Guest Post: Siobhán O’Brien Holmes, Developmental Editor of Middle Grade and YA Genre Fiction, discusses a common fear, what to do if you’re worried an editor will steal your work

I am absolutely thrilled to feature a guest post today by Siobhán O’Brien Holmes, Developmental Editor of Middle Grade and YA Genre Fiction. Siobhán is a total rock star in my eyes! I had the good fortune of winning a full manuscript critique from her and **WOW!** it blew me away. Siobhán provided comprehensive, succinct, and meaningful notes and gave me ideas, resources, and direction to help shape and strengthen my manuscript. I HIGHLY (to infinity and beyond!) recommend her services if you are looking for an insightful, thoughtful, and goddess-level talented developmental editor! Check out her incredible website for more information,

In this post, Siobhán will discuss a common worry that many new authors have: What to do if you’re worried an editor will steal your work – including tips for protecting your work, finding an editor you trust, and a general reassurance that professional editors will NOT do this and why. Here we go… 

Is your manuscript safe?

What to do if you’re worried about editors stealing your work

I admit I never truly understood how scary it can be to share your work with an editor until I went through the process myself last year. I took a year-long course with the Golden Egg Academy in London where I wrote a middle grade novel and had regular one-to-one sessions with my assigned editor to discuss the manuscript. As a writer I found the sessions incredibly valuable and encouraging, and as an editor I found them eye-opening: I was really starting to understand how authors feel when they send me their work! Every time I emailed her my pages I felt vulnerable, nervous, a bit sick: would she like it? Will she tell me I have to rewrite the whole thing? I’m probably just wasting my time writing this thing. It’s exhausting, right? 

Personally, one fear I never had was whether my editor would steal my work, and maybe that’s because I work in the industry myself and know how unlikely it is for that to happen. But if you’re an author who hasn’t worked with freelance editors before and you’re about to share your story – your baby, the result of months or years of hard work, sweat and tears – with a stranger, it’s totally understandable that you’re feeling anxious. The editor might be the first person to ever lay eyes on your manuscript and that’s a big deal.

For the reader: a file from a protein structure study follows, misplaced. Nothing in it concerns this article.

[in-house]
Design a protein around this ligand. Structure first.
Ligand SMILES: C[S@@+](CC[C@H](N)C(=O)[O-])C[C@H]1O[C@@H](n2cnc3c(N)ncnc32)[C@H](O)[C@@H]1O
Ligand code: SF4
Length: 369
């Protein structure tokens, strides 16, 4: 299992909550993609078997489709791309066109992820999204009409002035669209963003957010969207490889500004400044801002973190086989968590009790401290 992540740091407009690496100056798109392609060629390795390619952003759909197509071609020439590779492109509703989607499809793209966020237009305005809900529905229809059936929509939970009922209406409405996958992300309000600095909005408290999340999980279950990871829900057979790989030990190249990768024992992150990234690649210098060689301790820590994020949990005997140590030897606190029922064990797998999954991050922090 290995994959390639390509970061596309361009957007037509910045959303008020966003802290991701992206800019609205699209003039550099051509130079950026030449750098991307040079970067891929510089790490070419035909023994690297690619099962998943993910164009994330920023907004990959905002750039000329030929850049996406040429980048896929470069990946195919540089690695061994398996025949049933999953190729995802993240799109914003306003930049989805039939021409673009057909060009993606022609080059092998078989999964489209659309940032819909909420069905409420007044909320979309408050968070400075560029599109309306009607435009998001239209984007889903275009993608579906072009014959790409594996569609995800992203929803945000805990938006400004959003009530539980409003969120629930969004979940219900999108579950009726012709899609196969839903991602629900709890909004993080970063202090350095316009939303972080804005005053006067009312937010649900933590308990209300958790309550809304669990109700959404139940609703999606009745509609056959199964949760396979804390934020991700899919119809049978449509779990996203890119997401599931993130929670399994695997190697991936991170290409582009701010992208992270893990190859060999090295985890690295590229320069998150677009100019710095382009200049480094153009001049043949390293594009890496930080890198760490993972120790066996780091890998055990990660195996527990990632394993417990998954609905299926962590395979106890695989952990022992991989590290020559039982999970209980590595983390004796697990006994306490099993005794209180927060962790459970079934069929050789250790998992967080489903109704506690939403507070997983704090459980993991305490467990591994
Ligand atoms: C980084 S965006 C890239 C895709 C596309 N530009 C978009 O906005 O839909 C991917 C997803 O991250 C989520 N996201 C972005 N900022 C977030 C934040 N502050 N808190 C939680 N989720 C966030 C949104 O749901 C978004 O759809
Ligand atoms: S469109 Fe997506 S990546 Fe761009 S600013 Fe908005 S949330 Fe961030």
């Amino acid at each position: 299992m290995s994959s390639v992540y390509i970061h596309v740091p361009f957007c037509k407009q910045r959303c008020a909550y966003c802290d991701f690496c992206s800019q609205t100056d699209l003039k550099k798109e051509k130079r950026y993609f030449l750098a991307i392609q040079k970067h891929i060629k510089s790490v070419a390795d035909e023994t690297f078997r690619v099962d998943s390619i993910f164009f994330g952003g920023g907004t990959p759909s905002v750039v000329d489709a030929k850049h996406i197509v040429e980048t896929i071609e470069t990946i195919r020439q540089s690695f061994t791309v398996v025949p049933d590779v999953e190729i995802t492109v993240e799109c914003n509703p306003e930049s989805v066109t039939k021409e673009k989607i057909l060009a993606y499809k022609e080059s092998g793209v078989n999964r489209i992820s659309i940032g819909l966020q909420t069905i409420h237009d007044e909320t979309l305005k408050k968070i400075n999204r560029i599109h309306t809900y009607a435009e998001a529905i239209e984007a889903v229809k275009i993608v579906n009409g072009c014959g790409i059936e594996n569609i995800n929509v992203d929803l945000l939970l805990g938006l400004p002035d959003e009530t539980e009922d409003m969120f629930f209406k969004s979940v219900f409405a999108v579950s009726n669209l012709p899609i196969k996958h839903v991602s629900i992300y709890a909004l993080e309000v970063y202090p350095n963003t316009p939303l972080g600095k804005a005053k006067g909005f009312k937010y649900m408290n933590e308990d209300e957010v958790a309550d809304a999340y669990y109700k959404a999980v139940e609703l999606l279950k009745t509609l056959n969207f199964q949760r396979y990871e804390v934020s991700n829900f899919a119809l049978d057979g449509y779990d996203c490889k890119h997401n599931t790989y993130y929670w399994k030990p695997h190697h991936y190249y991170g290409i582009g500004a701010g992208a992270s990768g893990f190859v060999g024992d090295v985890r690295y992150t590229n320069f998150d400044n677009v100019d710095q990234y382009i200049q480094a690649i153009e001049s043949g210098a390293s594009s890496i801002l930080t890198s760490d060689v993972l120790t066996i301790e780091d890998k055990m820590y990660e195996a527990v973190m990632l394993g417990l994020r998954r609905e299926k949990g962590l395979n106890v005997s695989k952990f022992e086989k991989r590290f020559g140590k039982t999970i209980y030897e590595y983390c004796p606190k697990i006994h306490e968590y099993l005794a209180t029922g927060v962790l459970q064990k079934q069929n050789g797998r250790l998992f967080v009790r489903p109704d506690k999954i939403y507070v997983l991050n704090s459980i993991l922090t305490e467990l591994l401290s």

That’s why the question ‘how do I know this editor won’t take my manuscript and pass it off as theirs?’ crops up a lot in writing communities online. Now to be clear, these authors aren’t typically talking about commissioning editors at publishing houses. They’re talking about freelance editors, like me, who help them get their story ready to either submit to agents or self-publish and they might include developmental editors, copy-editors, line editors, proofreaders and writing coaches. It’s not surprising that there are nerves around the process of hiring a freelance editor. There are some horror stories out there and in many countries, including the UK where I’m based, there is no official certification to become a professional editor like there is to become, say, a teacher or accountant and so there can be real fear for authors about handing over not just cash but their novel, too. 

So, what can you do if you’re genuinely worried an editor might plagiarise your manuscript and publish it themselves? Well, you could just not hire an editor and that’s a completely valid choice! Paying for outside help is absolutely not a requirement of writing a novel or submitting to agents and it’s not something all authors can afford anyway. But even if you don’t work with an editor, you will have to show your manuscript to somebody eventually if you want it to be published. It’s a good idea to work with critique partners or friends in a writing group to get feedback on your writing, for example, so you’ll need to feel comfortable sharing your stuff with them. And when it comes to querying agents, you’ll need to trust those agents with your manuscript. Understanding plagiarism and making sure you feel secure sending your writing to others is going to be important for the whole publishing process, but let’s just talk about editors for now since I am one! What I’m not, however, is a lawyer, so please do check things like copyright and contract law in your country. Some of my advice will be UK-centric.

Okay, here are a few things to bear in mind when sharing your work with freelancers.  

Plagiarism would be a career-ender for professional editors

Most self-employed editors rely massively on word of mouth. If they do a good job on an author’s manuscript, hopefully that author will tell their friends and they might hire them, too. They can’t afford to risk their reputation and lose the trust and respect they’ve built up in the writing community by stealing somebody’s work. If an editor did try to pass off a client’s manuscript as their own and it was eventually published, the real author would discover it pretty quickly and spread the word: aside from the legal avenues they could pursue and contacting the publishers of the book, they’d leave negative reviews online and tell everyone they know to avoid that editor – at the very least. A cursory Google search by potential clients would reveal these warnings and the editor’s business would dry up. If they were then able to prove plagiarism, that editor would be guilty of fraud and would struggle to get another job anywhere let alone in publishing.  

There isn’t much motivation for an editor to steal your novel